Over past decades strategies for improving access to drinking water in cities of the Global South have mainly focused on increasing coverage, while water quality has often been overlooked. This paper focuses on drinking water quality in the centralised water supply network of Lilongwe, the capital of Malawi. It shows how microbial contamination of drinking water is unequally distributed to consumers in low-income (unplanned areas) and higher-income neighbourhoods (planned areas). Microbial contamination and residual disinfectant concentration were measured in 170 water samples collected from in-house taps in high-income areas and from kiosks and water storage facilities in low-income areas between November 2014 and January 2015. Faecal contamination (E. coli) was detected in 10% of the 40 samples collected from planned areas, in 59% of the 64 samples collected from kiosks in the unplanned areas and in 75% of the 32 samples of water stored at household level. Differences in water quality in planned and unplanned areas were found to be statistically significant at p < 0.05. Finally, the paper shows how the inequalities in microbial contamination of drinking water are produced by decisions both on the development of the water supply infrastructure and on how this is operated and maintained.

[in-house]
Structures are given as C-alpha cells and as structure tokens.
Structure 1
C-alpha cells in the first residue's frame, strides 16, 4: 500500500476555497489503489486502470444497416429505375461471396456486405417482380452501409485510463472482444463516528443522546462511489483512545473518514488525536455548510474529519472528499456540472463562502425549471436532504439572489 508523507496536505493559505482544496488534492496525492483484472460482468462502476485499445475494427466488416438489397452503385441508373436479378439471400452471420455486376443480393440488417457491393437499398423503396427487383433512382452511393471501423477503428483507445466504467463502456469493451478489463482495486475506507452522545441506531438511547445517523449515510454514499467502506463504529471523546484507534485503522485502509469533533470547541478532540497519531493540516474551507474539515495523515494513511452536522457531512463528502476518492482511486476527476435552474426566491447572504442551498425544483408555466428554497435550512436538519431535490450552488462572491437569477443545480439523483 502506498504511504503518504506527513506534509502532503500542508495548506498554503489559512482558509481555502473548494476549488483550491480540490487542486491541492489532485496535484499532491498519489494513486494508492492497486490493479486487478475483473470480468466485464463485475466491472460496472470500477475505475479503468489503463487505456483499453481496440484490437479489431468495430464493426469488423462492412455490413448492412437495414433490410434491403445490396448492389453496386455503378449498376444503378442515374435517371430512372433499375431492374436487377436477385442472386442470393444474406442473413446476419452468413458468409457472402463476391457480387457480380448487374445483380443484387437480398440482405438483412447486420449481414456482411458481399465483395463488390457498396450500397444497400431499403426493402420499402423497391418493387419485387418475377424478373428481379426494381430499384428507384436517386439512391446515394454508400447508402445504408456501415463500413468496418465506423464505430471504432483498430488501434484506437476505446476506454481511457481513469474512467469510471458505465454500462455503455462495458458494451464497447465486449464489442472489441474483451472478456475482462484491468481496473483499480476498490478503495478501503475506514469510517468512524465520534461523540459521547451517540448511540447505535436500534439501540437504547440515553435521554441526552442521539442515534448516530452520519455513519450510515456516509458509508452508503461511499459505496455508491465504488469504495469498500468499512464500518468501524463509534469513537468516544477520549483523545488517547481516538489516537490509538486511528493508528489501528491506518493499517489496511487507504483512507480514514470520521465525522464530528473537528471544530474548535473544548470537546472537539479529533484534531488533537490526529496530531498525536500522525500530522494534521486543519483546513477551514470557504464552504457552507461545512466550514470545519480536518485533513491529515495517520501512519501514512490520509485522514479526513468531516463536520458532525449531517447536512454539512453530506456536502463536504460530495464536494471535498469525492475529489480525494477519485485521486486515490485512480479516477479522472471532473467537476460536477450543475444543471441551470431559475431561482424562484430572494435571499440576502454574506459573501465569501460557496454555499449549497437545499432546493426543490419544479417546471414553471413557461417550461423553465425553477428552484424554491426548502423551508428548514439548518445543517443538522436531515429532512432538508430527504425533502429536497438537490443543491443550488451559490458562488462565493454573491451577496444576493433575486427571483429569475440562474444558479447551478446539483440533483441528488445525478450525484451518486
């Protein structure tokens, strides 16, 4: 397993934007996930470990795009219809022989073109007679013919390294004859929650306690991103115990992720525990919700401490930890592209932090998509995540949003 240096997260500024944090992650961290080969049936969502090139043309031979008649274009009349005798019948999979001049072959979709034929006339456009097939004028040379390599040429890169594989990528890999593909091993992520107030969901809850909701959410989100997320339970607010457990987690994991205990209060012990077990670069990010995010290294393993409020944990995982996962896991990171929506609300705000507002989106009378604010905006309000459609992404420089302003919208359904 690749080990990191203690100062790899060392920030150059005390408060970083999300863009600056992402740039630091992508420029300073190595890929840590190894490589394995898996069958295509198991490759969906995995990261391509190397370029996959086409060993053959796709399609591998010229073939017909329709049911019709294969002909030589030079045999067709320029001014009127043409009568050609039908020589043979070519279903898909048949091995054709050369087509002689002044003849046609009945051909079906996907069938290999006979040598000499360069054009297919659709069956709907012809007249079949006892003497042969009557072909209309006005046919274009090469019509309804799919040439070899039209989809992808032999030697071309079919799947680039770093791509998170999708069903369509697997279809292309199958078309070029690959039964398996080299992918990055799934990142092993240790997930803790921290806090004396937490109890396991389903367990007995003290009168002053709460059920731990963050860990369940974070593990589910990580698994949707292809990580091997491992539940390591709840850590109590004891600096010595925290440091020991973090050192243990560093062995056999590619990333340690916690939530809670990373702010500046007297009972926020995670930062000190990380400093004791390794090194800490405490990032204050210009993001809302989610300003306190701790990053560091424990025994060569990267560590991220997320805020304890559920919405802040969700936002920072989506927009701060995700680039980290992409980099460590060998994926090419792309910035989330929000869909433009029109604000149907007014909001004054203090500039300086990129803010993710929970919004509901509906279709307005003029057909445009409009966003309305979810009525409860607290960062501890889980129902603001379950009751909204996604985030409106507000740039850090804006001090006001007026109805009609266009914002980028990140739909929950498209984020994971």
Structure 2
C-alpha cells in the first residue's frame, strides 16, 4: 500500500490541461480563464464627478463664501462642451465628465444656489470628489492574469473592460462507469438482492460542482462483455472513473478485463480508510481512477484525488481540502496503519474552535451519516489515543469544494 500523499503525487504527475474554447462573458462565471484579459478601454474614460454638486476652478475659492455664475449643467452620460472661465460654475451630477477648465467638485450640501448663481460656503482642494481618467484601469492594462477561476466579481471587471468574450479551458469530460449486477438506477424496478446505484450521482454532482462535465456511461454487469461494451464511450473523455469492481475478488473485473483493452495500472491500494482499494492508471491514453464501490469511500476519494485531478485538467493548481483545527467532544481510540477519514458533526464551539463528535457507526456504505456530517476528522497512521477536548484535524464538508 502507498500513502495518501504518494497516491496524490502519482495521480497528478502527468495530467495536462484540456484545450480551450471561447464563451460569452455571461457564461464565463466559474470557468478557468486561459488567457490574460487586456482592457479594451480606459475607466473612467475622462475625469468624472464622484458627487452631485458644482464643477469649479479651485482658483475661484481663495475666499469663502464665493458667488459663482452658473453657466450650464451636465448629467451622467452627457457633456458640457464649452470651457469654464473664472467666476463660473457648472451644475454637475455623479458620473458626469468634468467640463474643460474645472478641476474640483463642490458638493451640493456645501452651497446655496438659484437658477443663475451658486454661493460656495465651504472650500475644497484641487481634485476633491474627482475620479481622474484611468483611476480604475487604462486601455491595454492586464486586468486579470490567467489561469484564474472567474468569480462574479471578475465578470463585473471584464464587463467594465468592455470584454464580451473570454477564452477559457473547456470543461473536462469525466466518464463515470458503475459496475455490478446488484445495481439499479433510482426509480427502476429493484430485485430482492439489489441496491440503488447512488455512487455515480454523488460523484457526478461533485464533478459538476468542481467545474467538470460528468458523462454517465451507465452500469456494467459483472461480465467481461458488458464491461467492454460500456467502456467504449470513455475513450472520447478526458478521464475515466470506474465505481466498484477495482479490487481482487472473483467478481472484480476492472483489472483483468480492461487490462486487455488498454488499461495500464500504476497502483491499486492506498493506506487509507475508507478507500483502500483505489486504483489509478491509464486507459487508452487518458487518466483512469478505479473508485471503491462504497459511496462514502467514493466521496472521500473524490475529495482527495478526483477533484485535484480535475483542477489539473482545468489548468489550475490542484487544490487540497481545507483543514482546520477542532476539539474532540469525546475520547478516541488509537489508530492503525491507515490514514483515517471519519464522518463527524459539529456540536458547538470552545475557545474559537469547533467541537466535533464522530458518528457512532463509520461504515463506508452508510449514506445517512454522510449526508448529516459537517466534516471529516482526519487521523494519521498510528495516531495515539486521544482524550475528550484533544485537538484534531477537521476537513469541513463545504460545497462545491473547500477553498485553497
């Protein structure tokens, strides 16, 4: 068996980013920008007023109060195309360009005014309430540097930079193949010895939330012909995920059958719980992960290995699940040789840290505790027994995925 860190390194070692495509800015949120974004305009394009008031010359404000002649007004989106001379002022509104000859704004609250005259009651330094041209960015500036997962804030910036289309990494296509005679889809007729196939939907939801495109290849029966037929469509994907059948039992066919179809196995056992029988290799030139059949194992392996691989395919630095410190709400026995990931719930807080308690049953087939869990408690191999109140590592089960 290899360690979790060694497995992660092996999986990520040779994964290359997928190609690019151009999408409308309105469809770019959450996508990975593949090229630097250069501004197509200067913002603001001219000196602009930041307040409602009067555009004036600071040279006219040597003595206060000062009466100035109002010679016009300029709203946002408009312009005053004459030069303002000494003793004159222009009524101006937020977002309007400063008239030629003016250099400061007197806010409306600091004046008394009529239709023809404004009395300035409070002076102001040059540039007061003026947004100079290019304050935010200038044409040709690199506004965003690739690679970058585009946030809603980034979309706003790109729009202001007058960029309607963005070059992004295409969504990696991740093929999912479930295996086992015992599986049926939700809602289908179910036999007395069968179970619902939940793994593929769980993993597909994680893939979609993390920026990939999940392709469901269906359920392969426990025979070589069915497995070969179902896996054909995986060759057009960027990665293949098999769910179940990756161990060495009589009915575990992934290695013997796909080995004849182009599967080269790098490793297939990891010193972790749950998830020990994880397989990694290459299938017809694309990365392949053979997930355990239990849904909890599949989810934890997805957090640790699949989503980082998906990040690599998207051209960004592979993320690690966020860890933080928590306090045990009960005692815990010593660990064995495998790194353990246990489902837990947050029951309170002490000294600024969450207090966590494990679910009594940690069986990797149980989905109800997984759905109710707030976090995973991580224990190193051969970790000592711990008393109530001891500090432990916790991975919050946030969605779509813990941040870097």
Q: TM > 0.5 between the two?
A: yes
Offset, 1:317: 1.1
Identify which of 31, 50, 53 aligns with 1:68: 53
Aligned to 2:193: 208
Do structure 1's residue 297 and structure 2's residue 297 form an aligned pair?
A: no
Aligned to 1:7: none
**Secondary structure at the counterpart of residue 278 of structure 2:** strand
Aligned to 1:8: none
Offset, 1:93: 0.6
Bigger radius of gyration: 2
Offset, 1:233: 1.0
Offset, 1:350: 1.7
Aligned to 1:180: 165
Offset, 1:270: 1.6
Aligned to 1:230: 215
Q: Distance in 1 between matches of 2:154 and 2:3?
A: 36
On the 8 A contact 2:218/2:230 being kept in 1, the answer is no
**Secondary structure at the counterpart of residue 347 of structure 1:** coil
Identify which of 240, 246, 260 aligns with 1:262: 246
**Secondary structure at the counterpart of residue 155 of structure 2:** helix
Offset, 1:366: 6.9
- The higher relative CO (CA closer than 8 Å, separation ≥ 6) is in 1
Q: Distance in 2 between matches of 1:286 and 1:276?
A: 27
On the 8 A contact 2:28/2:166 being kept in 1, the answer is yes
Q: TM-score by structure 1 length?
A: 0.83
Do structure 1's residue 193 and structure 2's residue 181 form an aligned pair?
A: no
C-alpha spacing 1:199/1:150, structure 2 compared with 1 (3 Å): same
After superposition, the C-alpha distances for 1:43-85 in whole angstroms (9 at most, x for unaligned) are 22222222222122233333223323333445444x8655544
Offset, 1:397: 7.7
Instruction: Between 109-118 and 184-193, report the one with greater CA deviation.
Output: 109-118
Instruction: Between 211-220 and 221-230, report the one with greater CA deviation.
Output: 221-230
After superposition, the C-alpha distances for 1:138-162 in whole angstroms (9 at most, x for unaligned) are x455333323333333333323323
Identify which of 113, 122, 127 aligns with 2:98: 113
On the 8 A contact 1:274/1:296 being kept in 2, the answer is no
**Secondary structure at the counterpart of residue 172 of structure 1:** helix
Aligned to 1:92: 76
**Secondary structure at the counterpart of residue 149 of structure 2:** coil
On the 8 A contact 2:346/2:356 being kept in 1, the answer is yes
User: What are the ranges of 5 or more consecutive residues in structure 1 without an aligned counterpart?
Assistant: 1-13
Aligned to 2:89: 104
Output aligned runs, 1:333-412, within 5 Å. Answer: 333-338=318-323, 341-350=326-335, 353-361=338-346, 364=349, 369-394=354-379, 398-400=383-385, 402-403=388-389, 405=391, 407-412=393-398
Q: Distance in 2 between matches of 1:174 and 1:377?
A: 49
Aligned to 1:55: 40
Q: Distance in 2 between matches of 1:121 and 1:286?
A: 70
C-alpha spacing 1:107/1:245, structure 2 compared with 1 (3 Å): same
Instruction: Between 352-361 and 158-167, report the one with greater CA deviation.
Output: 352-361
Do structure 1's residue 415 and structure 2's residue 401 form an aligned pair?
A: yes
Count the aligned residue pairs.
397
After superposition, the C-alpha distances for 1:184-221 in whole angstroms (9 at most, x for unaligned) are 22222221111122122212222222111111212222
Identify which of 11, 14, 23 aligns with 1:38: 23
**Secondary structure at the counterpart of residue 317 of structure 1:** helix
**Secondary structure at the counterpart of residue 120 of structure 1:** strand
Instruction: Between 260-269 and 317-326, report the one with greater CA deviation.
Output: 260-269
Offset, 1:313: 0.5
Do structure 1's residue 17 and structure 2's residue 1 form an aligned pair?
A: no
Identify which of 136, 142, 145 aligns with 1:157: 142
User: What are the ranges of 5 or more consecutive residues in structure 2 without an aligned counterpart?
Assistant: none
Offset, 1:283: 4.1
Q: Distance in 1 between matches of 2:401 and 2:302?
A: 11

In this article, we analyze the production of inequalities within the centralized water supply network of Lilongwe. We use a process-based analysis to understand how urban infrastructure is made to work and explain the disparity in levels of service by tracing the everyday practices of those who operate the infrastructure. This extends existing analyses of everyday practices in relation to urban water inequalities in African cities by focusing on formal operators, rather than water users, and looking within the networked system, rather than outside it. Our findings show that these practices work to exacerbate existing water stress in poor areas of the city. We conclude with a reflection on how understanding these practices as the product of the perceptions, rationalizations, and interpretations of utility staff who seek to manage the city’s (limited) water as best they can offers insight into what is required for a more progressive urban water politics.